International Journal of Diabetology & Vascular Disease Research (IJDVR)    IJDVR-2328-353X-04-201

Timing of Appetite to Optimize Cardiovascular Health


Akbar Nikkhah

Chief Highly Distinguished Professor, Department of Animal Sciences, Faculty of Agricultural Sciences, University of Zanjan, Foremost Highly Distinguished Scientist, National Elite Foundation, Iran.

*Corresponding Author

Akbar Nikkhah,
Chief Highly Distinguished Professor,
Department of Animal Sciences, Faculty of Agricultural Sciences,
University of Zanjan, Foremost Highly Distinguished Scientist,
National Elite Foundation, Iran.
E-mail: anikkha@yahoo.com

Received: January 19, 2016; Accepted: February 19, 2016; Published: February 22, 2016

Citation: Akbar Nikkhah (2016) Timing of Appetite to Optimize Cardiovascular Health. Int J Diabetol Vasc Dis Res,. 4(2), 152-153.DOI : dx.doi.org/10.19070/2328-353X-1600032

Copyright: Akbar Nikkhah© 2016. This is an open-access article distributed under the terms of the Creative Commons Attribution License, which permits unrestricted use, distribution and reproduction in any medium, provided the original author and source are credited.



Abstract

This public policy article establishes circadian timing of appetite and nutrient consumption as a pragmatic science to feasibly optimize cardiovascular health. Conventionally, almost all scientific efforts have focused on managing daily quantity and quality of nutrient intake in programming public nutrition and health. However, a very significant applied science, incrementally emerging recently, is timing of appetite and eating different nutrients over the 24-h period.



1.Key Words
2.Discoverers and Discussion
3.Implications
4.Acknowledgments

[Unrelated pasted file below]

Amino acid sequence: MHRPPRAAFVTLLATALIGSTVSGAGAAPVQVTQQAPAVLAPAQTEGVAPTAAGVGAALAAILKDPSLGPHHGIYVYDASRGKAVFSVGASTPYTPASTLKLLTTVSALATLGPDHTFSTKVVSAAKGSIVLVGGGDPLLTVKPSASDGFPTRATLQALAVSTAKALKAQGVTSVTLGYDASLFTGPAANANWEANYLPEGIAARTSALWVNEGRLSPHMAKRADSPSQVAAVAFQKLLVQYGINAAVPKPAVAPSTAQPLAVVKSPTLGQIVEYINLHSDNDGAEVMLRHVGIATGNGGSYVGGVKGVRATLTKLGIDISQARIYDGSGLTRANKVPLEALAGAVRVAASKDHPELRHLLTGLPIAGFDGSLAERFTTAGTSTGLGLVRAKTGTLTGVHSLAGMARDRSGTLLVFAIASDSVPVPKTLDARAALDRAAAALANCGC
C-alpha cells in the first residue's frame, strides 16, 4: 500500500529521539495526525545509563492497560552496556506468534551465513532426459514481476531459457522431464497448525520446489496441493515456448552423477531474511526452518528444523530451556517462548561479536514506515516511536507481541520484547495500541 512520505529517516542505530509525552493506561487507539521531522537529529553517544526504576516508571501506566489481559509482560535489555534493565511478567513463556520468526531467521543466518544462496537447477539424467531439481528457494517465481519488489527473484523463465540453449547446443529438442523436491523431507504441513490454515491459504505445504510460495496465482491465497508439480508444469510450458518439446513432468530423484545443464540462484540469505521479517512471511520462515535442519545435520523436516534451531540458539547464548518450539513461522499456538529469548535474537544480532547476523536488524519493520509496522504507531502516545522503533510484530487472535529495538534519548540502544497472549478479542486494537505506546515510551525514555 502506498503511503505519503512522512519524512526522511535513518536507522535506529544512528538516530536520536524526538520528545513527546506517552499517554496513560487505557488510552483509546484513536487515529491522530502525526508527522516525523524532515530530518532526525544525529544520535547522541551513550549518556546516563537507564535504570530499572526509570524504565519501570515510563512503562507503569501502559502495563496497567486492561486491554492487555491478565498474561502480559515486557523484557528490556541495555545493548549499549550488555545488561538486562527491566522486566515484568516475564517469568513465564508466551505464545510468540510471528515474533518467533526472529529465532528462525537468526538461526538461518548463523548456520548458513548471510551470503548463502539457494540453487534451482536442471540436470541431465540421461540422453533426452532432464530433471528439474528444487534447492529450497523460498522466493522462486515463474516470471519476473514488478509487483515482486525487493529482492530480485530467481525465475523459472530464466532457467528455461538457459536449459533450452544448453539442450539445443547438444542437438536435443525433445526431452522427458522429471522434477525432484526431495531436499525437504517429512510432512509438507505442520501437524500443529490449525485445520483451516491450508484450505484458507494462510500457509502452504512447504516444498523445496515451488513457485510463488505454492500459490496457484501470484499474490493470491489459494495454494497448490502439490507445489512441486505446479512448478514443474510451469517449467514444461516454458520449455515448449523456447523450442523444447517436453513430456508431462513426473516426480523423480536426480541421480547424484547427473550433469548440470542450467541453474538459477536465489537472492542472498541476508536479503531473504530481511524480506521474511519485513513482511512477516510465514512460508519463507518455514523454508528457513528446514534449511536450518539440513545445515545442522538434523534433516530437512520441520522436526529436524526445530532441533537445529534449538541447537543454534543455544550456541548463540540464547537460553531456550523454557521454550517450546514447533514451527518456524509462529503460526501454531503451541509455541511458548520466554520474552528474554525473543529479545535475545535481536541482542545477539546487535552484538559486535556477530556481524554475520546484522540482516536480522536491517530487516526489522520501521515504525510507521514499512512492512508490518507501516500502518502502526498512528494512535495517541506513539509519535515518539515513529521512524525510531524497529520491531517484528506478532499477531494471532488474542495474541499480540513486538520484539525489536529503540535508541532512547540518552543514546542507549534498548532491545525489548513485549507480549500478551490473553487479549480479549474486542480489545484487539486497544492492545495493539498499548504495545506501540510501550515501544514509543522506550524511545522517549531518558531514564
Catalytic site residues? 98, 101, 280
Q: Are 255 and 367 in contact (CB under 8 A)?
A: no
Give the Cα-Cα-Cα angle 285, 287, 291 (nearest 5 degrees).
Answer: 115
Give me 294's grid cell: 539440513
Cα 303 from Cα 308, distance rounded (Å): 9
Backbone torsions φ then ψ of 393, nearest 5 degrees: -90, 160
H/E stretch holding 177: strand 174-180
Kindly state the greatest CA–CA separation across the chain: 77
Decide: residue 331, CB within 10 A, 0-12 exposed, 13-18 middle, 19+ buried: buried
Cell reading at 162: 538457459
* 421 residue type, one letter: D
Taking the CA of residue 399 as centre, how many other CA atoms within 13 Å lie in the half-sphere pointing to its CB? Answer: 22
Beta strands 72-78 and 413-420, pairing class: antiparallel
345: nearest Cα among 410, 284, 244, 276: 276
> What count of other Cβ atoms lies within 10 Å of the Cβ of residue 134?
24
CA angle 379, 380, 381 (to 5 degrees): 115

5.References

Key Words

Vascular Health; Metabolism; Disease; Timing of Appetite.


Discoverers and Discussion

The science of appetite and eating timing stems from the principle that the circadian evolutionary nature of human life has led to development of almost 24-h rhythms in cell physiology and function [1-3]. As a result, metabolism extent and rate differ substantively during different hours of the 24-h period that are also independent from food intake per se [4-6]. Eating or appetite as a biological synchronizer of cell metabolism is highly integrated with the time when it occurs in regulating biochemical reactions [7, 8]. This means that eating the same amount of the same food at different hours of the 24-h period has different metabolic and health consequences. In other words, cell metabolism and waste management efficiency and thus sensitivity to pathological conditions and agents depend highly on when during 24-h period (i.e., early to late morning, noon, mid to late afternoon, evening, overnight) nutrients are taken.

Basically, human glucose intolerance and insulin insensitivity develop as day leaves for night [4, 9]. This phenomenon provides an evolutionary proof for the circadian nature of human activity and resting time that keeps the body and its differential cells wellprepared for varying functions [10]. Endocrinologically, resting can occur most desirably when the gastrointestinal system and interrelated splanchnic and peripheral tissues are not overly involved in nutrient bioprocessing and energetics. Owing to such reduced energy demands at times of limited activity during evening and later overnight, the body has not learnt to require insulin and other facilitating hormones and proteins to assimilate nutrients. As such, any overflow of glucose and energy-producing nutrients later in evening and overnight would oppose human evolution in healthy management of cell physiology. Thus, at certain circadian times, human is more prone to cardiovascular complexities and obesity.